It was early 2011 and TechCrunch’s comment section was overrun with trolls. Bullies and asshats were drowning out our smart commenters. We hated our commenters because, well, they hated us. So we Facebook Comments in an attempt to silence the trolls — by removing their anonymity.

But we eventually discovered that our anti-troll tactic worked too well; The bullies and asshats left our comments sections, but so did everyone else. Now, several years later, after dozens of endless meetings and conference calls, we’ve decided we’re going to try out Livefyre instead of Facebook Comments.

Frankly, our trial with Facebook Comments lasted way too long at too steep of a cost. Sure, Facebook Comments drove extra traffic to the site, but the vast majority of our readers clearly do not feel the system is worthy of their interaction.

And we want our commenters back.

One would think that would be that? However no, in December 2013 TechCrunch embraced Facebook comments once more, managing to completely miss the point:

We know that the lack of anonymity is an issue with Facebook Comments, but we’re willing to accept that in return for a commenting system that is relatively stable. We also like the idea of comments sorted by Facebook Likes versus recency, and Facebook offers that as a default. Sometimes it’s that simple.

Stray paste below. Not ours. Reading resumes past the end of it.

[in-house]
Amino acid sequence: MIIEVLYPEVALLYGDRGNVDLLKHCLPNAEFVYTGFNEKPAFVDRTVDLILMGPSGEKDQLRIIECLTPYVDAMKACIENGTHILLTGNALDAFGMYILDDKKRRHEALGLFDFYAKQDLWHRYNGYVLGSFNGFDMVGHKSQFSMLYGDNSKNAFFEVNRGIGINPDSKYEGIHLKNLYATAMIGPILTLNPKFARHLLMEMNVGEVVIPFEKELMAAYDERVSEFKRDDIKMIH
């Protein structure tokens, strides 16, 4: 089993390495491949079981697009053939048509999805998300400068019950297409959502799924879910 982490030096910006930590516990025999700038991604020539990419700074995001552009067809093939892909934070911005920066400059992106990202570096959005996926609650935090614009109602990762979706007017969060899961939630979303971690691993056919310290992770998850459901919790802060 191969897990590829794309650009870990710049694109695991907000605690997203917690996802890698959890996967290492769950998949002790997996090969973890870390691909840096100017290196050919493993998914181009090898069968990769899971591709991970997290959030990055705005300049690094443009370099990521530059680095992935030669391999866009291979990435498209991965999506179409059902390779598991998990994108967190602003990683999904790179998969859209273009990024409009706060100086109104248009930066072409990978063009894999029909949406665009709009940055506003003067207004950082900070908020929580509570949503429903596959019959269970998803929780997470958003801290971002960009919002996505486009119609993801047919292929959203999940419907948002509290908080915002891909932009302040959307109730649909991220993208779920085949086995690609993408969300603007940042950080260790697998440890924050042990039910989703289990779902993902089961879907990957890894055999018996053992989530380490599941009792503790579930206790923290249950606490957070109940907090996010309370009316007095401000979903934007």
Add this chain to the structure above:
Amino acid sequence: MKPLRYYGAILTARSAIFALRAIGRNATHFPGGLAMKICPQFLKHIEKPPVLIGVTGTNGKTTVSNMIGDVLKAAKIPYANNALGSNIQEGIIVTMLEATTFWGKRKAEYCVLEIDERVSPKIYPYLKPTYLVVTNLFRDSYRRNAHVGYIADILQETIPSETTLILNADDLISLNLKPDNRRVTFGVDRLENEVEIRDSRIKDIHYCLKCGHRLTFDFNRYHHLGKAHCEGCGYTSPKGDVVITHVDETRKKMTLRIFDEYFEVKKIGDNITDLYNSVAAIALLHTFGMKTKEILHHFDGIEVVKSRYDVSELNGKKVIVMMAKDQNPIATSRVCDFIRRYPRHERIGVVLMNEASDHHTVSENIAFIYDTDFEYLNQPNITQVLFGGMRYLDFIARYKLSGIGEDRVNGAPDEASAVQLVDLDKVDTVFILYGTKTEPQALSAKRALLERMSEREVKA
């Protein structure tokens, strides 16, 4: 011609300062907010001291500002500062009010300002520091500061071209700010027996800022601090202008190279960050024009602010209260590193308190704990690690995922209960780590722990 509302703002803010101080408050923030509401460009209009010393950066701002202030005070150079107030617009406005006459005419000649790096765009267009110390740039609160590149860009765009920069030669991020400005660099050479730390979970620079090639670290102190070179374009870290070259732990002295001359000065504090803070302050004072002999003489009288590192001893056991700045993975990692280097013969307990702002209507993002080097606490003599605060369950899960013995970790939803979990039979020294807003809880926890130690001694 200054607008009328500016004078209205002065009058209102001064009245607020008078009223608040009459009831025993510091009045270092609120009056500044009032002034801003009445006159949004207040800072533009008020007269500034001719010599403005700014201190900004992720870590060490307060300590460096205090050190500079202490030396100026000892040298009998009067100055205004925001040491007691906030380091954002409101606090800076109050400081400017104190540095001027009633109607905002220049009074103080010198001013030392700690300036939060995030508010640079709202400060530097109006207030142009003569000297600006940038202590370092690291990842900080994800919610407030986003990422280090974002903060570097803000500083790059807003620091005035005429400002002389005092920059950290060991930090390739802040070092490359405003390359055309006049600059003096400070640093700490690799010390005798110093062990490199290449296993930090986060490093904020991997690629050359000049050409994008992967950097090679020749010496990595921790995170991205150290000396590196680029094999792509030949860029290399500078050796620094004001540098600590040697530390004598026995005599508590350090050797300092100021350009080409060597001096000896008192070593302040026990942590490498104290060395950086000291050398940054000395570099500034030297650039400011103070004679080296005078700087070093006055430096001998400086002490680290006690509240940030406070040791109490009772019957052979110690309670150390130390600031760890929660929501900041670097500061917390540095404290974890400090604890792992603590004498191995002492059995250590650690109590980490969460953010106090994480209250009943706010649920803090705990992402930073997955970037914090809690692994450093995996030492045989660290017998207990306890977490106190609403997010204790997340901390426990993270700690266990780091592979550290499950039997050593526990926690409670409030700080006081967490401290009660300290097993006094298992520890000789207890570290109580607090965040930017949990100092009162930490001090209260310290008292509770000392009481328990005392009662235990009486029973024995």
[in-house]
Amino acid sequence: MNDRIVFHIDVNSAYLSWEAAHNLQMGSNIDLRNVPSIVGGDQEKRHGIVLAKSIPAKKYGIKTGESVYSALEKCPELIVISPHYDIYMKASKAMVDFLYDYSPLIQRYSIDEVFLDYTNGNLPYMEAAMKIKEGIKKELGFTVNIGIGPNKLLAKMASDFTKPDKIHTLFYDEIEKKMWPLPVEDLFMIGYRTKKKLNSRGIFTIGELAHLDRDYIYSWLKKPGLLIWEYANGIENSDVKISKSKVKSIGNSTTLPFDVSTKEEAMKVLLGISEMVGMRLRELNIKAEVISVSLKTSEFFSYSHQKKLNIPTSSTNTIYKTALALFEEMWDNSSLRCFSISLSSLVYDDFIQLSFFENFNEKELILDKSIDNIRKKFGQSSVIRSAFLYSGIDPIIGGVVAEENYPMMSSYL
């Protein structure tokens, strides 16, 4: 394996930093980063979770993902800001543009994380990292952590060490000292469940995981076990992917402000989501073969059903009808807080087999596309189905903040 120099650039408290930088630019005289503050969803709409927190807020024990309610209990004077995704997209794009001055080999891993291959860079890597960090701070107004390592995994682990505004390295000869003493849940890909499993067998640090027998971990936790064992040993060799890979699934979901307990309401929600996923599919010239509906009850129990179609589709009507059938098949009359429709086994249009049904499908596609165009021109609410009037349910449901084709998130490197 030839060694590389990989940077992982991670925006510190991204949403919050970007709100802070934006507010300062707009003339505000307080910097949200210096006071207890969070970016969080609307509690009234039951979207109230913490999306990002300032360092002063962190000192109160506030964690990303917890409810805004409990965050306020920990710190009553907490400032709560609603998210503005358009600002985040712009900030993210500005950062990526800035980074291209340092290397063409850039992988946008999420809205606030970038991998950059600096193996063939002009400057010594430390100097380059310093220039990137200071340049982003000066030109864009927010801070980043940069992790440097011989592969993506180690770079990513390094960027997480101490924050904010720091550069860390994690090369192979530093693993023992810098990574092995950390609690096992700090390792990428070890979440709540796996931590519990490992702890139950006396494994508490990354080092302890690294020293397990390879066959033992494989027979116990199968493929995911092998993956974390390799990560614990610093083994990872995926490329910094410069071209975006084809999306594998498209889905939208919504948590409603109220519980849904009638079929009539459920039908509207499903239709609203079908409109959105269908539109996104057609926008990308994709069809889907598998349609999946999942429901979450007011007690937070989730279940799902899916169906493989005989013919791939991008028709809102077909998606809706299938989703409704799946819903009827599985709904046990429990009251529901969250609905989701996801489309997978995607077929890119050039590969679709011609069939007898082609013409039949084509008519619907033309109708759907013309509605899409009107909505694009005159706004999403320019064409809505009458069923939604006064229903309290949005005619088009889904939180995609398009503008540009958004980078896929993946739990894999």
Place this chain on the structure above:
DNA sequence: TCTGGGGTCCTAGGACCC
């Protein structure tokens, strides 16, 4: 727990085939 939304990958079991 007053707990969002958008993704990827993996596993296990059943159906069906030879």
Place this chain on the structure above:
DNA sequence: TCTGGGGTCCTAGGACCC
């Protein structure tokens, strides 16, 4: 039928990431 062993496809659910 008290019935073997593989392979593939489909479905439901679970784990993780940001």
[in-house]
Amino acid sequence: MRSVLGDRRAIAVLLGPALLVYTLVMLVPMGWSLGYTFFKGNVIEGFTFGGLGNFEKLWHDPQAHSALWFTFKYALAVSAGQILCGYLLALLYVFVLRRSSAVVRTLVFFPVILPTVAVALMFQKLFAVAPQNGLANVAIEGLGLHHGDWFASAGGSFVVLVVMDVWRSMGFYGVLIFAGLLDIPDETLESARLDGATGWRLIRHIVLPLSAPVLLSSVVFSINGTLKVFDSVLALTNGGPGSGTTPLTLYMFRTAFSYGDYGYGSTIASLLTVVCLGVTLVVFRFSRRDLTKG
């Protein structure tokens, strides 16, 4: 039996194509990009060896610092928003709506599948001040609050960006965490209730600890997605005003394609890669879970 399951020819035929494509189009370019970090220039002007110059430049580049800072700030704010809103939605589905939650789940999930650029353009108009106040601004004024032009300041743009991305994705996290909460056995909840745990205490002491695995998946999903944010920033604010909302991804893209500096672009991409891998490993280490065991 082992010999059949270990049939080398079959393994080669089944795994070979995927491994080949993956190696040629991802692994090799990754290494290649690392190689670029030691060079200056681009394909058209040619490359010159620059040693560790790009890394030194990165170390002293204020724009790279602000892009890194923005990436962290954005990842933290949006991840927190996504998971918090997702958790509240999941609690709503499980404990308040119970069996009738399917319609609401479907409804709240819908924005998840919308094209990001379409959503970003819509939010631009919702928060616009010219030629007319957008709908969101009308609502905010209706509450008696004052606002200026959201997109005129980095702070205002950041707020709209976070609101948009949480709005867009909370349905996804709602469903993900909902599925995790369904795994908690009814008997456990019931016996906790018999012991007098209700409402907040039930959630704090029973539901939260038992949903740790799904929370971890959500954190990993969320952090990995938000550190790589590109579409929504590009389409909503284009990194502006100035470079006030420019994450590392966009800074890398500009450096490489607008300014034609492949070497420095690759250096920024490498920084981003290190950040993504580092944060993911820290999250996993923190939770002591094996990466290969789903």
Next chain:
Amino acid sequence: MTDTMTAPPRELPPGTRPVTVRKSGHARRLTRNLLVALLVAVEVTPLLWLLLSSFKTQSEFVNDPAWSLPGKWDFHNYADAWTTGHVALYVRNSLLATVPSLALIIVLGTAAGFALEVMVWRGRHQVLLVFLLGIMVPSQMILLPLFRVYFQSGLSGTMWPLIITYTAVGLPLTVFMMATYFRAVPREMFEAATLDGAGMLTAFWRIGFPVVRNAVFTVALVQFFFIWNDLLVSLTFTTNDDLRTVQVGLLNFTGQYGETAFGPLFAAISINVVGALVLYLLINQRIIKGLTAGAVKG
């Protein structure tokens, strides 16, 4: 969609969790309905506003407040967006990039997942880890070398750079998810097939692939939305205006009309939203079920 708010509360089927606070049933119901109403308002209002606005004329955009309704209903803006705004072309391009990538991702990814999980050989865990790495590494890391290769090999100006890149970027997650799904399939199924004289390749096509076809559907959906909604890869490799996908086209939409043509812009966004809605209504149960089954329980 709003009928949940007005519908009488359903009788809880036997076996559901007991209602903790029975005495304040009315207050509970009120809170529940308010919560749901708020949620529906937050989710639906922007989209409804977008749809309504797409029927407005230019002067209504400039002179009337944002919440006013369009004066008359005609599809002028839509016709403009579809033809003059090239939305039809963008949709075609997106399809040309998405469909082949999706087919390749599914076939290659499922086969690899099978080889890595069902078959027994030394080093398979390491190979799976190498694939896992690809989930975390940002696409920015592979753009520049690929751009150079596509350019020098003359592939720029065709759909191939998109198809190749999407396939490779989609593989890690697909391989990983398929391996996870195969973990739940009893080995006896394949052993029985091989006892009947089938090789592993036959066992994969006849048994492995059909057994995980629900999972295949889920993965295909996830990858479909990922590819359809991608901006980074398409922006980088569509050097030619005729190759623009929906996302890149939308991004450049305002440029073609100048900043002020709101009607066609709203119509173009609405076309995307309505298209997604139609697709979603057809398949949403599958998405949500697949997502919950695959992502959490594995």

The issue isn’t anonymity, it’s more pseudonymity for many but what’s more amazing about TechCrunch’s decision is that having driven away commenters the first time around, they seem to be somehow oblivious to it happening again.

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Jan 102014

Draxtor Despres

I can’t quite remember where I first heard of Draxtor Despres, I think it may have been on Metareality Podcast. I know that I discovered, late in the day The Adventures Of Flufee, which was a joint venture with people such as Pooky Amsterdam. There were clues there though as to what may come later, although the site was largely about the avatar of Flufee, there were also highlights featuring destinations within Second Life.